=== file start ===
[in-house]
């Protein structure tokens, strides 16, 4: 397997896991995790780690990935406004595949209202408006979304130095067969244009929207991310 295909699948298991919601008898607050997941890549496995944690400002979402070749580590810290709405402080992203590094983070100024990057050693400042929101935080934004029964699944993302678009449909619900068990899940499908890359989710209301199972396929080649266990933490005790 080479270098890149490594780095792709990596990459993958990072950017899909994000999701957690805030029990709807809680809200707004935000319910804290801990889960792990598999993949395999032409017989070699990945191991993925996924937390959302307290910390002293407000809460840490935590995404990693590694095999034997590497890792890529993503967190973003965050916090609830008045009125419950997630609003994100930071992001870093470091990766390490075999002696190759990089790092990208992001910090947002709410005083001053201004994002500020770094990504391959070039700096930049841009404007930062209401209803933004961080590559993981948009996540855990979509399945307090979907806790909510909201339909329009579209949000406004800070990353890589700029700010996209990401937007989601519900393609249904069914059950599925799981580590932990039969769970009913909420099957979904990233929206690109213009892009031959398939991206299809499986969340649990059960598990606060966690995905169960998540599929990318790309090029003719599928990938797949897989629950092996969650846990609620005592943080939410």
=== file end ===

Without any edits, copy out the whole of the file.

[in-house]
């Protein structure tokens, strides 16, 4: 397997896991995790780690990935406004595949209202408006979304130095067969244009929207991310 295909699948298991919601008898607050997941890549496995944690400002979402070749580590810290709405402080992203590094983070100024990057050693400042929101935080934004029964699944993302678009449909619900068990899940499908890359989710209301199972396929080649266990933490005790 080479270098890149490594780095792709990596990459993958990072950017899909994000999701957690805030029990709807809680809200707004935000319910804290801990889960792990598999993949395999032409017989070699990945191991993925996924937390959302307290910390002293407000809460840490935590995404990693590694095999034997590497890792890529993503967190973003965050916090609830008045009125419950997630609003994100930071992001870093470091990766390490075999002696190759990089790092990208992001910090947002709410005083001053201004994002500020770094990504391959070039700096930049841009404007930062209401209803933004961080590559993981948009996540855990979509399945307090979907806790909510909201339909329009579209949000406004800070990353890589700029700010996209990401937007989601519900393609249904069914059950599925799981580590932990039969769970009913909420099957979904990233929206690109213009892009031959398939991206299809499986969340649990059960598990606060966690995905169960998540599929990318790309090029003719599928990938797949897989629950092996969650846990609620005592943080939410």